In just twenty eight years, beginning in 1727, three hundred and twenty four ships arrived in Philadelphia alone. Reasons for migration were: the war between France and Germany in which many found their homes and farms lying in the path of the warring armies; search for religious freedom; and the availability of land in America.

Christopher Moll, along with 57 male Palatines, left Germany and arrived in Philadelphia on September 10, 1731 on a ship named the "Pennsilvania" Merchant.
The family settled on 640 acres on the South Fork of the Catawba River in Rowan County (what is now Catawba County). When Christopher died, Peter handled his estate.

In 1763, at the age of 27, Peter received a grant of 200 acres on property in Rowan, and therefore left Pennsylvania for North Carolina. The grants were located in Mecklenburg County, NC and his land joined his sister, Catherine and her husband, Henry Weidner's land.

Five years later Peter received an additional grant from the British Crown of 424 acres. Peter settled on this property near Henry River and married his wife, Barbara Hill around 1760.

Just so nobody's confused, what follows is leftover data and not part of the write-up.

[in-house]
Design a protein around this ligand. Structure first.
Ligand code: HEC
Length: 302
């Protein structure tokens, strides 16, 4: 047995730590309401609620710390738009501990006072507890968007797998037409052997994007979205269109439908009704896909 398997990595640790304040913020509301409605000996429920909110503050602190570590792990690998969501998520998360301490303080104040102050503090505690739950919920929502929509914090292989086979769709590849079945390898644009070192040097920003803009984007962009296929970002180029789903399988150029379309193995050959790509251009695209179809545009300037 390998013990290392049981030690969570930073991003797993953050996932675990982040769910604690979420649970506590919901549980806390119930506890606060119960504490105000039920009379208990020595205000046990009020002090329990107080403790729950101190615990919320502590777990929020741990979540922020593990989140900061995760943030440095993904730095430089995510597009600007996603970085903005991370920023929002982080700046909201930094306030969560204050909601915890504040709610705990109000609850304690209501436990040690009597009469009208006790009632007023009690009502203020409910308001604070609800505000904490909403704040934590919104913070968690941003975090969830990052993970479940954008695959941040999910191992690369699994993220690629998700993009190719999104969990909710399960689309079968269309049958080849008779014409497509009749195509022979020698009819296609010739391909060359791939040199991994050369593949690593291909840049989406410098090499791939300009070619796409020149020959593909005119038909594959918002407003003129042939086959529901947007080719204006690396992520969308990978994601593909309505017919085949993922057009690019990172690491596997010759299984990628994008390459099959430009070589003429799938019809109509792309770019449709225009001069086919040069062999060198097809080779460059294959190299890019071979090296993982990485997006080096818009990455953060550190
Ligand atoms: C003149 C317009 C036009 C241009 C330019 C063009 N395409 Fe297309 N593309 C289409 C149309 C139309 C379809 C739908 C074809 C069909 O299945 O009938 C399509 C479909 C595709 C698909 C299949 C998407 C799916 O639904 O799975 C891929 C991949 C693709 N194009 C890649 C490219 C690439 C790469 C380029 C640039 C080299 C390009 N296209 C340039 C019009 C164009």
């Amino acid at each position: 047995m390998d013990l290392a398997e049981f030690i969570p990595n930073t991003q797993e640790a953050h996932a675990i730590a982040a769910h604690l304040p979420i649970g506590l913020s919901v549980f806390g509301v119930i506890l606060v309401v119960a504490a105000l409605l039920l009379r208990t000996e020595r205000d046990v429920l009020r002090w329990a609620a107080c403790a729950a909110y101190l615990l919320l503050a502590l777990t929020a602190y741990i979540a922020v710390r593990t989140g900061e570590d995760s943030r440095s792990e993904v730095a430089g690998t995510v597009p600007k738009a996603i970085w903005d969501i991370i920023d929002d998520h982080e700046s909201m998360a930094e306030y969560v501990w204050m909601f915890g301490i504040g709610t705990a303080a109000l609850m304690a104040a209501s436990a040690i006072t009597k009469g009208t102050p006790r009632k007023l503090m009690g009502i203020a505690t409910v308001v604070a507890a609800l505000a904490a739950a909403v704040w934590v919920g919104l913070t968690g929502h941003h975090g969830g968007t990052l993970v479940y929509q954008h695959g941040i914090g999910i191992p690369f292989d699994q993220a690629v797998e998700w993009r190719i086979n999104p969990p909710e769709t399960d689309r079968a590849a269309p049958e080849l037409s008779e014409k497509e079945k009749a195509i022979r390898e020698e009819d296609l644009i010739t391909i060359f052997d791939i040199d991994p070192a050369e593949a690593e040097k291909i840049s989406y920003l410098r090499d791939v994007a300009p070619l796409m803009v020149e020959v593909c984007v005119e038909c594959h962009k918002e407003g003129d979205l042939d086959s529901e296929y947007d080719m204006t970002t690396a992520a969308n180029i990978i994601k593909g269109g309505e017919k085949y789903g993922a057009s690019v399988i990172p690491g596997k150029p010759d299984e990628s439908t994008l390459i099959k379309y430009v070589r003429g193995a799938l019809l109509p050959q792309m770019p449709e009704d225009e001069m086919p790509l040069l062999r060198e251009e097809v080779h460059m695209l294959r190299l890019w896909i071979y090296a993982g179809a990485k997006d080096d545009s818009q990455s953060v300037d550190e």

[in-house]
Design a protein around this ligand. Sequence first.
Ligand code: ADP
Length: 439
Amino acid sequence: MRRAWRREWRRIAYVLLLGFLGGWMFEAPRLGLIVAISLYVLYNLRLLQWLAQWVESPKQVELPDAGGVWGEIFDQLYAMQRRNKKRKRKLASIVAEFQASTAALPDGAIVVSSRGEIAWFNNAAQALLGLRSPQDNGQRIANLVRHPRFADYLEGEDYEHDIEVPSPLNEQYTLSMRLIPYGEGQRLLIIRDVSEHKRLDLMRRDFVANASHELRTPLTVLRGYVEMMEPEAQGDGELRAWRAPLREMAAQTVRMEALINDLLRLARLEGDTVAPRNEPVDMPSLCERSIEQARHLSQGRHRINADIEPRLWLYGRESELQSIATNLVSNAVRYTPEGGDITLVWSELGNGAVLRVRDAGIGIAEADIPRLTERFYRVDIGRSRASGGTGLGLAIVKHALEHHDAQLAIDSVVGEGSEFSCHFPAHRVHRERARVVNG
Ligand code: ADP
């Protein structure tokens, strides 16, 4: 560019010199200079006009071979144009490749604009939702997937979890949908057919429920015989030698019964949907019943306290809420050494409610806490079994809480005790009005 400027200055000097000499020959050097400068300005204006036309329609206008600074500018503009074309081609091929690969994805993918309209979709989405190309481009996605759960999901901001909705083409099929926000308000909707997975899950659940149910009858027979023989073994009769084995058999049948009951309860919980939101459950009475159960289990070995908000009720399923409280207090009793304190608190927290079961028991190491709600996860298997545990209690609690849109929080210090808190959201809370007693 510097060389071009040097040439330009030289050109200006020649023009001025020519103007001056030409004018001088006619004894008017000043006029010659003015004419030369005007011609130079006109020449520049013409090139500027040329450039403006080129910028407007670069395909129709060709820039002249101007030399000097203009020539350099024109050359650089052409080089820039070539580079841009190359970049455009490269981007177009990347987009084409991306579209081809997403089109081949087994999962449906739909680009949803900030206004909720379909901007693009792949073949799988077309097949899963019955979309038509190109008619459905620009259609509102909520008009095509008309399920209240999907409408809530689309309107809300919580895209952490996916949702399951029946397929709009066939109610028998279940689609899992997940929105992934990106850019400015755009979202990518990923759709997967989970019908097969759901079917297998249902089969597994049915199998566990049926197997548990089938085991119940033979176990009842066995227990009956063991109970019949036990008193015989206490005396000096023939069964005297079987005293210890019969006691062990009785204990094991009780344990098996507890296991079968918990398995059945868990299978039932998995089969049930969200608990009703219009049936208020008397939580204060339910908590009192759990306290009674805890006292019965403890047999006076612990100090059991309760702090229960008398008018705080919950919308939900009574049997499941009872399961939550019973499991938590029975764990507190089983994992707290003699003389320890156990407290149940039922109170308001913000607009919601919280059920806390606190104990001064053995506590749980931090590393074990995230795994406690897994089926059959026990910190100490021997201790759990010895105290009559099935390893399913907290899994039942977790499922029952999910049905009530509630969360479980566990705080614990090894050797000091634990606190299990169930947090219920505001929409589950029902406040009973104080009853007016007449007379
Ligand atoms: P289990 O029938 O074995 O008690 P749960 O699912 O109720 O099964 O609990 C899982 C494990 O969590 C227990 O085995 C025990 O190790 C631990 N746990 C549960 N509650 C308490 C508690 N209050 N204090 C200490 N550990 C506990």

They built a home on a knoll overlooking a creek that ran into the Henry River, described by Victor Coulter in his book entitled, The Coulter Family of Catawba County. "Somewhat less than half a mile above the junction of Henry Fork and Jacob Fork (both of these were named after sons of Henry Weidner) to form the South Fork River, there flows into Henry Fork a small creek from a northeasterly direction.

On Yoder's map of Catawba County, the creek was not named. Locally, it was called by the name of the owner of the mill on it, first Moll's Mill Creek, then Gross's and so on. The first road through this area as shown on the map made in the 1770's began at Ramsour's Mill on Clark's Creek, near the present town of Lincolnton, and followed a northerly course roughly parallel to the South Fork and Henry Fork Rivers, varying from a mile to two miles east of the Fork Rivers. The road was the main highway for the settlers who had been granted plantations which included the rich bottom land along the eastern side of these rivers. The road crossed the mill creek about one mile from Henry Fork River."